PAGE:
According to documents filed in the U.S. District Court for the District of Columbia, the smugglers had associates in Africa, typically corrupt officials. And they chose their routes based on which transit points employ easily bribed authorities.

Routes have included traveling from East Africa to Johannesburg, South Africa, and from Johannesburg to Sao Paulo, Brazil. East Africans also flew from Abu Dhabi, Dubai, or Rome to Bolivia, Brazil, Cuba, Mexico and Venezuela in 2007, according to the intelligence assessment. In addition, the smugglers have access to fake and real Belizean, Bolivian, Chilean, Mexican, Peruvian and South African visas.

In the Boateng and Ibrahim smuggling cases, people were stored in luggage compartments of buses for as long as 12 hours and driven to the U.S.-Mexican border. The smugglers escorted clients as they walked across the border into the U.S. between official entry ports.

Ibrahim and Boateng used international carriers DHL and Federal Express to deliver payments and travel documents.

On July 29, 2006, Ibrahim sent an e-mail to an unidentified associate: "i have a visa deal from ethiopia but it is a little bit expensive. I am currently in Belize to collect for some guys. i will get it in 3 days but it will cost 5000usd."

The $5,000 would cover the visa and corrupt officials - the full smuggling package.

East Africans are mostly coming to the U.S. to find a better life because of job opportunities that don't exist in their home countries.

One senior intelligence official said there's little evidence yet of East Africans trying to cross into the U.S. to engage in terrorist activity. The official requested anonymity because the information in the assessment is not public.

As computer chips and biometrics are required more often for travel documents, terrorists will have a more difficult time entering the U.S. and could potentially use these smuggling routes as an alternative, said Hatfield, the immigration official who heads the human smuggling division.

The number of smuggling networks has remained steady over the past 10 years, with the highest concentration in Latin America, Hatfield said. It's the price and violence that have gone up. Ten years ago, it might have cost $500 to go from Mexico to Texas, whereas now it could cost up to $2,000.

People with terrorist ties still try to enter the country legally or with fake documents, Hatfield said, but ICE is keeping an eye on other potential methods now that there are heightened security checks. "We're watching those closely," he said.

Terrorists will continue to use whatever means necessary to get into the United States - including smuggling networks, said Janice Kephart, a former counsel on the Sept. 11 Commission. Because it's much harder to use false documents than it once was, these smuggling networks offer a good way to get into the country anonymously, she said.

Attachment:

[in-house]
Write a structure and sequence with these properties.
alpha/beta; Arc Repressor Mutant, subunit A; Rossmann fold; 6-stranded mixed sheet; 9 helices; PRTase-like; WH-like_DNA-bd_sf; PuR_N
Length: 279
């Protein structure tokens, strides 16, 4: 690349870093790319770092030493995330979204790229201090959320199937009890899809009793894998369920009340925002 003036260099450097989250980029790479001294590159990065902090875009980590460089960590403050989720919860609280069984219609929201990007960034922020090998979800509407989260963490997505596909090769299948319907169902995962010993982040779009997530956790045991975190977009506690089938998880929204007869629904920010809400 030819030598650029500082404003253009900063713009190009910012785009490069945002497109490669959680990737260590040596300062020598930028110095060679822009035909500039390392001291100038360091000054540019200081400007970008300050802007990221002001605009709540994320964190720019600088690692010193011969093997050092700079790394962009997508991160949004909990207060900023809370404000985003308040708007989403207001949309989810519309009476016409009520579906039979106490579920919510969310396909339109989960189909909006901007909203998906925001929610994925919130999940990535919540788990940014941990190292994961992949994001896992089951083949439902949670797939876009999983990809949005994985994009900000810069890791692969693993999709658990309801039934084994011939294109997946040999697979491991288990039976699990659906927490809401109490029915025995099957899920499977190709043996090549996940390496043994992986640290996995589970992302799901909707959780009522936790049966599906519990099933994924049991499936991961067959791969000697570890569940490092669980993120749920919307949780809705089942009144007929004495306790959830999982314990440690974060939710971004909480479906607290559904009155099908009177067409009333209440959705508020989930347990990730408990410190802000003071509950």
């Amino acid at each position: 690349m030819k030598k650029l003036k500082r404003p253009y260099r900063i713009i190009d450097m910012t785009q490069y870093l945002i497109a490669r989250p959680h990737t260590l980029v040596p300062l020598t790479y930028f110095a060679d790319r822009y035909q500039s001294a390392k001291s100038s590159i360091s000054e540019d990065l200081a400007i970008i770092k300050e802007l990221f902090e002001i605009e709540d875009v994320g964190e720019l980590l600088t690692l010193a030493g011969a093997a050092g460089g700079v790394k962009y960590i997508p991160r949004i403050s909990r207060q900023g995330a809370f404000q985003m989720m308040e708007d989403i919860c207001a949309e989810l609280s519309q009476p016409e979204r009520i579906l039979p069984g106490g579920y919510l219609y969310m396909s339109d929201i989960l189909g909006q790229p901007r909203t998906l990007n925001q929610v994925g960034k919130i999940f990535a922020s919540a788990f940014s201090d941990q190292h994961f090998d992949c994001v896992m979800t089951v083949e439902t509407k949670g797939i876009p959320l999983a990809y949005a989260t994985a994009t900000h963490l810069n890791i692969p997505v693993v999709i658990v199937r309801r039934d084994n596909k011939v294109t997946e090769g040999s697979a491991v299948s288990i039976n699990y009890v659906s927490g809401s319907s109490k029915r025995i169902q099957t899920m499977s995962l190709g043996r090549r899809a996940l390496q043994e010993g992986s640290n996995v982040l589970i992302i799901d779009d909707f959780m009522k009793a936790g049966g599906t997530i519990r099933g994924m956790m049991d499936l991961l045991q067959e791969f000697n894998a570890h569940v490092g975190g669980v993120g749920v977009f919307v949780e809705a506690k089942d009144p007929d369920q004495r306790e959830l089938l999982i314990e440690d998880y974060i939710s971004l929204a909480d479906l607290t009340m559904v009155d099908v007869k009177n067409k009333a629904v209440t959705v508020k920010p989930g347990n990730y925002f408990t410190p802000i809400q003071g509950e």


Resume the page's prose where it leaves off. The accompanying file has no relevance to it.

The East African countries that Homeland Security is watching all have weak enforcement in place for travel documents and have connections to organizations with anti-American causes, Kephart said. [AP/7July2008] 


Book Reviews

Derring-do in revolutionary Russia: Alan Judd reviews Operation Kronstadt by Harry Ferguson. Until the October Revolution in 1917 Russia was a very important, if suffering and uncertain, partner to the Western Allies in the First World War. When the Bolsheviks seized power, aided by the Germans (who smuggled Lenin into Russia), the peace they made enabled the German Army to launch its last great attack - the Spring Offensive of 1918 - on the Western Front.

Civil war ensued in Russia as the divided Whites struggled to overthrow the better organised and more systematically brutal Reds. Allied policy was driven by a desire to get Russia back into the war on the right side, or at least to stop it aiding the Germans, and to limit the spread of the Bolshevik infection. 

However, cost, war-weariness and divisions at home meant that strategy vacillated. Britain - the major player - intervened with naval and military forces substantial enough to merit the undying enmity of what became the Soviet Union, but insufficient to do the job the Whites kept failing to do. 

Intelligence operations accompanied the military and naval forces, later recorded in a surprising number of published accounts (including Somerset Maugham's). Among the most vivid and exciting were those by Sir Paul Dukes, a musician, and Lieutenant Augustus Agar, V.C., D.S.O., RN.